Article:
Review: Soulmate by Erin M. Leaf

SoulmatesRating: 4 stars
Buy Link:
Amazon | iBooks | Amazon UK
Length: Novel


People with the power to Craft are small in number. Guy Keaton has the power to manipulate wood, though he refuses to use it in his woodworking business. Theo Fraser has the power to feel others’ emotions, which he hopes will stabilize the Council—a body responsible for governing the use of Craft powers. When these two meet by chance in the woods, there is a charge in the air. Theo knows exactly what the thrum of energy means: he has found his soulmate. Guy, on the other hand, is still nursing a broken heart for having lost his wife to cancer a few short years prior. Not to mention Guy doesn’t even know he’s attracted to men and never wanted a soulmate in the first place.

Guy and Theo’s brief meeting in the woods is sweet and friendly, but ends with a bang when Guy accepts Theo’s offer to ‘test’ if Guy is at all interested in men. Rather than a deadfish nothing, Guy’s WoodCrafter power goes berserk. This is all the confirmation that Theo needs about their soul-deep connection. For Guy, however, it’s another complication in a life he feels is complicated enough. He feels like he’s betraying the memory of his wife, whom he loved deeply. He feels like he has no control over the situation. Yet he also feels an undeniable need to be with Theo.

Just as Guy begins to process this whirlwind of changes, an anti-Crafter attack hits far too close to home. On top of that, Theo’s father, the man who disowned Theo for being gay twenty years ago, appears causing trouble. Soon, Guy and Theo must deal with Theo’s power-hungry father while trying to stay alive.

I picked this book because I was intrigued by the idea of an unwilling soulmate. I think Leaf did a great job painting Guy as a good person, devoted to his deceased wife and his grown son, and not ready to “move on” just yet. This gave Guy wonderful depth. It also made his meeting with Theo rather bittersweet and not a little bit angsty from Theo’s point of view. That said, it was also clear from almost the moment they lay eyes on each other (and definitely the moment they shake hands) that there is some major attraction. It was almost comical how aroused these two were in each other’s presence. There was sort of an innocence on Guy’s part because he thinks it’s just rando-raging erections at the most inappropriate time. The meeting scene between Guy and Theo covers a lot of ground, but doesn’t really resolve their relationship status. It takes Guy quite a lot of waffling around and lots of encouragement from his son to even entertain the idea that he can bond with the man who is his soulmate.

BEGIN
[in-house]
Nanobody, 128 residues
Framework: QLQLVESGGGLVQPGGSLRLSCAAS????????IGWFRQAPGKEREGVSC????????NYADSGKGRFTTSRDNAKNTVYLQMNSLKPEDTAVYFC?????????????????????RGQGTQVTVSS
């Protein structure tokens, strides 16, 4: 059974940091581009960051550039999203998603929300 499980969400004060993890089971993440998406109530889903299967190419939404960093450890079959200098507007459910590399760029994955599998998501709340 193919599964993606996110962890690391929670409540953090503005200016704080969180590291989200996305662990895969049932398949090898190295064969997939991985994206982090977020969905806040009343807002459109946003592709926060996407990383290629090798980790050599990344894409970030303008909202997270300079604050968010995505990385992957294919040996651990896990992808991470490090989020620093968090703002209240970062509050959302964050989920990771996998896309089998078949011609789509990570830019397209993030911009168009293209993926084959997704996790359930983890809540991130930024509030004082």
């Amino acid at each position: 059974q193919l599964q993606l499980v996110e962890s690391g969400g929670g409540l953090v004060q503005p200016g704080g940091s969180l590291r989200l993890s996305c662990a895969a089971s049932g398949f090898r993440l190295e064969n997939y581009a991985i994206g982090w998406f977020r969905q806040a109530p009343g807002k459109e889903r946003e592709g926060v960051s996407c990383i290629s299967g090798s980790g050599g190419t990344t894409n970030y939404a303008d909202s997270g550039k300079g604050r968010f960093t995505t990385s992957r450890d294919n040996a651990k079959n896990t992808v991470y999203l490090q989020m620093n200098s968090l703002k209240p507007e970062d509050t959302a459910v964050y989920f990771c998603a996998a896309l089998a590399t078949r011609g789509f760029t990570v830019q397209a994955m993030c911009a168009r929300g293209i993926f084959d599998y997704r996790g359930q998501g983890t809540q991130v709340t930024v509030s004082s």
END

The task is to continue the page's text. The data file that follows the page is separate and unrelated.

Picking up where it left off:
There is a strong thriller aspect to the last third or so of this story and it all ties into Theo and his involvement with the Council. Theo has been newly elected as a Delegate—the specifics of what this Council do, how much authority they have, how out in the open they are, and what tension there may be between Crafters and non-crafters isn’t exactly well developed. This made it hard for me to appreciate just what kind of role Theo has in this Council and why it’s so important that Theo is a empath. This actually ties into one of my criticisms of the writing. It seems like Theo explains that he is an empath—the first on one the council in 50 years—every time a new character appears on page, even if they are a character Theo would know. The result came across like making a mountain out of a mole hill because I never really understood the depth of this importance. For that matter, I didn’t understand why the combination of Guy’s WoodCrafting and Theo’s Empathy would be THE “power couple” pairing in this world. Even though there is some justification because Guy the WoodCrafter meeting and bonding with his soulmates allows Guy to create the soulmate rings worn by bonded pairs, it still felt like a contrivance for the powers the two MCs had.

On the whole, I thought the balance between Theo and Guy was a bit skewed, too. Guy has a backstory that gets a lot of on-page attention and provides some major hurdles. I liked how Guy’s decease wife was not just something Guy had to come to terms with, but something that we see Theo processing on-page, too (albeit in sometimes weird ways…like how a conversation about the dead wife lead to a bout of phone sex). All we get to know about Theo is that his parents kicked him out and disowned him for being gay. This dynamic figures prominently into the machinations leading up to an attack on Theo, but I felt like it fizzled on page.

Overall, the ending of the story is a bit too fast paced to really satisfy as a thriller type story, but I thought the characters’ interactions were compelling enough to keep things interesting. The main story here is about Guy and Theo coming to terms with the power of their connection as soul mates. There is a lot of sexual tension, dabs of angst on many levels, and delicious consummation of their relationship. If you’re looking for an easy summer read that highlights relationships and throws a bit of action (albeit somewhat rushed), you’d probably enjoy this book.

camille sig

Comments

  1. This sounds intriguing. Thanks for bringing it to my attention, Camille.

    • camille says:

      Yeah! This book is more of a soap opera/melodrama, but I appreciated the effort Leaf put into trying exploring the “but I’m not gay” trope. I think these two characters make the situation more palatable–Theo is willing to wait for Guy, and Guy realizes he can’t fight feelings, even if he’s never felt them for a man before.

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